Something important has happened in India since Aravind Adiga's debut novel The White Tiger - a razor-sharp, darkly comic account of what happens when members of India's shockingly poor classes collude and collide with those of its aggressively consumerist, astonishingly wealthy ones - became the surprise winner of the Man Booker Prize in 2008. In May, the Congress Party stormed to an unexpectedly huge victory in the general elections in the world's most populous democracy. Congress had a pronounced emphasis on, and concern for, the welfare of the underprivileged in the rural hinterland rather than the affluent urban elite at the forefront of what is seen to be India's great economic revolution. In the Union Budget presented in Parliament earlier this month, the focus was again on those who are known in India as aam admi (the common/underprivileged man). With the downtrodden now firmly back on politicians' agendas and the country's map for the future, Adiga's collection of loosely linked stories (written before The White Tiger, but now published in a revised version in the UK) seems very much of the moment.
Set in the imaginary town of Kittur on India's south-western coast, the stories are fixed in time between the assassinations of two Indian prime ministers: Indira Gandhi's in 1984 and her son Rajiv Gandhi's in 1991. If the imagined town puts one in mind of RK Narayan and his gently humane, funny fictions based in Malgudi, that notion is quickly dispelled as Adiga goes about assembling his cast of characters. For the most part, this cast comprises drunks, junkies, exploited maids, servants; it is an array of the dispossessed, "a sorrowful parade of humanity" who often seem dehumanised because they seem to barely exist as human beings in the eyes of the privileged and the rich.
Many characters are consumed with rage at the cards life has dealt them. As they see themselves in contrast to the privileged, with whose lives theirs intersect and overlap in many ways, they burn with anger at the injustice of some people having too much, and some so little. At the same time, they are suffused with a sense of deep hopelessness; convinced of their inability to break out of the circumstances in which they find themselves. The pull between the rage and the hopelessness provides the stories with their dramatic tension.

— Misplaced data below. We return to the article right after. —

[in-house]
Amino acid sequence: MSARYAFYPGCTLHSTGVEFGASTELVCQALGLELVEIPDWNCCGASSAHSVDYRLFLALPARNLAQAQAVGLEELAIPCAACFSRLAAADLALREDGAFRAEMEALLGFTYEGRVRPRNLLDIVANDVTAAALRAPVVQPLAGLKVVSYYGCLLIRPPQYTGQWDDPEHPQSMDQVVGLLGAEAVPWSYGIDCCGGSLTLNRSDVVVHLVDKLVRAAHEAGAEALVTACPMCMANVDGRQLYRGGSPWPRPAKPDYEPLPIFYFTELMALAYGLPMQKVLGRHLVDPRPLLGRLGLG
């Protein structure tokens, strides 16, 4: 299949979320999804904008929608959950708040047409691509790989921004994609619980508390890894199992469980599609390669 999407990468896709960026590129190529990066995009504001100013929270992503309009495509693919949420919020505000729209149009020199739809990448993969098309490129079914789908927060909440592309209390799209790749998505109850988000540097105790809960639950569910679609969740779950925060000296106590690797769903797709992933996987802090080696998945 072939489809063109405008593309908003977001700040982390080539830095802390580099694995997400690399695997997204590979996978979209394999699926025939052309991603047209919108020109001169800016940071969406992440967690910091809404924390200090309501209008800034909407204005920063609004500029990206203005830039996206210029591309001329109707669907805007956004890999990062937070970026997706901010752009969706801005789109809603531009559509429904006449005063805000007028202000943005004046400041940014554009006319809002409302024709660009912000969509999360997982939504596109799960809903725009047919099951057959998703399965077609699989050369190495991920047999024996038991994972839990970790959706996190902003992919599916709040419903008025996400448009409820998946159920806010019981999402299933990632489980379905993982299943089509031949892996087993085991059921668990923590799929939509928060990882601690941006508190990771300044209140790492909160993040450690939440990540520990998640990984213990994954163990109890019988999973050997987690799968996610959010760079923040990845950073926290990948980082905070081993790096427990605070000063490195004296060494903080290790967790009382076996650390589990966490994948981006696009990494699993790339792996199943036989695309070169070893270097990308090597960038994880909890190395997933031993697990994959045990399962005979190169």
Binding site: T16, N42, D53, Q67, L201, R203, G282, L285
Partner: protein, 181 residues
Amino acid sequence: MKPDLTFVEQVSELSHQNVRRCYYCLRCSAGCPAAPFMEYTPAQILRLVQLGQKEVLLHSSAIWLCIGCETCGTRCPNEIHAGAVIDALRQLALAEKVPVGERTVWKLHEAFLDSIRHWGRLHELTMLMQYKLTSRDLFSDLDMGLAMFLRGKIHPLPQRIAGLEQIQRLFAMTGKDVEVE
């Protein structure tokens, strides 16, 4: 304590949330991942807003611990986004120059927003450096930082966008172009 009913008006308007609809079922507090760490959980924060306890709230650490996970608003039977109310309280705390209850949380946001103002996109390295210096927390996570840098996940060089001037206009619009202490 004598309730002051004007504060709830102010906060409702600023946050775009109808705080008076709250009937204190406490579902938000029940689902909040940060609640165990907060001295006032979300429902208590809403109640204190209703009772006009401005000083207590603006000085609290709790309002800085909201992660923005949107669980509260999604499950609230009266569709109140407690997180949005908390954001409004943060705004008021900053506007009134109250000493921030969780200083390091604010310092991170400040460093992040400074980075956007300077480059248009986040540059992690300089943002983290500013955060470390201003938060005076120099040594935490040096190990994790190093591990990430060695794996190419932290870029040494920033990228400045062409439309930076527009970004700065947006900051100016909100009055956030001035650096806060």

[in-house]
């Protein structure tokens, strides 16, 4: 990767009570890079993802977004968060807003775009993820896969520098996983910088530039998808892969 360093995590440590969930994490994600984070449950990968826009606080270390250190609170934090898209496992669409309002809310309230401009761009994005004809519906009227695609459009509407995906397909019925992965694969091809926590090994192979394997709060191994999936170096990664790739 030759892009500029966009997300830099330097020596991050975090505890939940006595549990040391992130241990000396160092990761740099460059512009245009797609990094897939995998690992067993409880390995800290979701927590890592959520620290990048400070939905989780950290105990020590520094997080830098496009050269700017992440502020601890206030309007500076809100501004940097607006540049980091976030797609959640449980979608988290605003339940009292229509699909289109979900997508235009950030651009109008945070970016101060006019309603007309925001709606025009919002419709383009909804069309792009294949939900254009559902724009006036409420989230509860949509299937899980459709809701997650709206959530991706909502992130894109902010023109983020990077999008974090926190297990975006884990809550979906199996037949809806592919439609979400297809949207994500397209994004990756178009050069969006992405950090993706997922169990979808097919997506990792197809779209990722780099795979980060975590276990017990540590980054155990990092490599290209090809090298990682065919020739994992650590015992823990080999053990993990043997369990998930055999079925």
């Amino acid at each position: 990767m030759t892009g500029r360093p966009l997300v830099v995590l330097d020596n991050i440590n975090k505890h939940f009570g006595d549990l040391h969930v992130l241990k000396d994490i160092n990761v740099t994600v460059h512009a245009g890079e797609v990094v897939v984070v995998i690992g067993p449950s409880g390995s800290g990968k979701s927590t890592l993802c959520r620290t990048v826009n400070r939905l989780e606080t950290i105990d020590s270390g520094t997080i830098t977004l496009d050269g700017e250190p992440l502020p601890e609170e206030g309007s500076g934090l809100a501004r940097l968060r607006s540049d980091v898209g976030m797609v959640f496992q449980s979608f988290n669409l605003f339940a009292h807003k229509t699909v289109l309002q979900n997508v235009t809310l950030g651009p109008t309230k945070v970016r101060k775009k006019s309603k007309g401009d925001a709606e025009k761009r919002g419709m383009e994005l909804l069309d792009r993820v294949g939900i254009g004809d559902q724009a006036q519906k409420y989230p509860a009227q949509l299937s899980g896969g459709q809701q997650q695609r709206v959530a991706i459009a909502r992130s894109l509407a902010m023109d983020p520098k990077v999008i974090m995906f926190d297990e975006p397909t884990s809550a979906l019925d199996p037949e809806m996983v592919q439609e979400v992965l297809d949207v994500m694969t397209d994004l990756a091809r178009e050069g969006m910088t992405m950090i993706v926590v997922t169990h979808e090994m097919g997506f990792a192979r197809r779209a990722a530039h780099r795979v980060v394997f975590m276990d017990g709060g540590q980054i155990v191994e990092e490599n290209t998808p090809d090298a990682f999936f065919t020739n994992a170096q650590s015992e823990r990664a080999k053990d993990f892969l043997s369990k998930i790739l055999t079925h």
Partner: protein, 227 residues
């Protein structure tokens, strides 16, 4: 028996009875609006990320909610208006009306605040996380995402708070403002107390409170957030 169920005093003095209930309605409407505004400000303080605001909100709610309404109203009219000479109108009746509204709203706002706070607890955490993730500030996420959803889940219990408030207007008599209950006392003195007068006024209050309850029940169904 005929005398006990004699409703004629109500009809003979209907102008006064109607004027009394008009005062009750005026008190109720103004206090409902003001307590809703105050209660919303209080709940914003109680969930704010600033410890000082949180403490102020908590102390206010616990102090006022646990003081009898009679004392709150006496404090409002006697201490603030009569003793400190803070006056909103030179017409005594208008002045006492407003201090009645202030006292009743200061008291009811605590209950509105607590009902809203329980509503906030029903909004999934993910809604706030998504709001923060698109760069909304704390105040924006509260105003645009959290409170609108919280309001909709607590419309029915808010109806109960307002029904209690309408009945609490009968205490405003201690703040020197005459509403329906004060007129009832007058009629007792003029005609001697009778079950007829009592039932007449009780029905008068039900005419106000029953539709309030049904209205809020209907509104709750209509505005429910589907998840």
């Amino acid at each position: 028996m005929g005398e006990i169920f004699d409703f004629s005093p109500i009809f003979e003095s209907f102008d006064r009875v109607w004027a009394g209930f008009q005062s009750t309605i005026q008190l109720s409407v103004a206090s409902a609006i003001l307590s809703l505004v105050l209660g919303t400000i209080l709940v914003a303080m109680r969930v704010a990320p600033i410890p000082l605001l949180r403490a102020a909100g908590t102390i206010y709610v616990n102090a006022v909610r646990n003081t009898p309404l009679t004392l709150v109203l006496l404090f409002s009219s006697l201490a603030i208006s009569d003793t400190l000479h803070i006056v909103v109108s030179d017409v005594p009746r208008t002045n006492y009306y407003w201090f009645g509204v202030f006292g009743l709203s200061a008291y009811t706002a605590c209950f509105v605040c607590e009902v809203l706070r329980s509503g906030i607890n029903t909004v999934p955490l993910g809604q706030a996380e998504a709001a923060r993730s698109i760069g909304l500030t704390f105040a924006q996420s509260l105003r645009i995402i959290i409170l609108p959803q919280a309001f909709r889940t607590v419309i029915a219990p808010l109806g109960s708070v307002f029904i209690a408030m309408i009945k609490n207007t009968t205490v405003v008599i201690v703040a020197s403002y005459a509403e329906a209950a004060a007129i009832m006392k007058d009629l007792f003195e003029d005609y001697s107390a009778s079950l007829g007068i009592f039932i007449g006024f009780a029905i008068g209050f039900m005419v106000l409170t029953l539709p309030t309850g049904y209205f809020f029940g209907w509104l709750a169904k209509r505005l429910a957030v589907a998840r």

Adiga gets under the skin of these characters and writes about them with insight and empathy in a way few other Indians writing in English do today. In "The Cool Water Well Junction", a father addicted to drugs sends his small daughter on an errand to get him smack from the other side of the town. The girl goes, with her little brother, and after an arduous day returns with the little packet. But the brother, exhausted and annoyed by the long journey, comes home and loudly lies that someone had given the girl "a hundred rupees but she never gave me anything to eat or drink". The dark denouement to the story - it takes all of a couple of hundred words - is terrifying.
"Market and Maidan" narrates how a village hick comes to Kittur, is befriended by a local thug, and is then used by him and left wrecked. The violence in these – and the other – stories is casual, the undertow almost always chilling. Towards the end of "Umbrella Street", the story's protagonist, Chenayya, bewildered and browbeaten, thinks: "Somewhere, I hope, a poor man will strike a blow against the world. Because there is no God watching over us."
Over two books, Adiga has never taken his eye off the poor, and he strikes a blow on their behalf. His eye misses nothing, and some of his analogies are delightfully fresh: "perfectly formed clouds" are "like wishes that had been granted"; a seven-storied building, all lit up, seems to be like "a living creature, a kind of monster of light, shining from its entrails".
Between the Assassinations is every bit as sharp, sardonic and compelling as The White Tiger. How strange (or is it?) that it did not at first find a UK publisher, and needed the success of the novel to appear.
Soumya Bhattacharya's memoir 'You Must Like Cricket?' is published by Yellow Jersey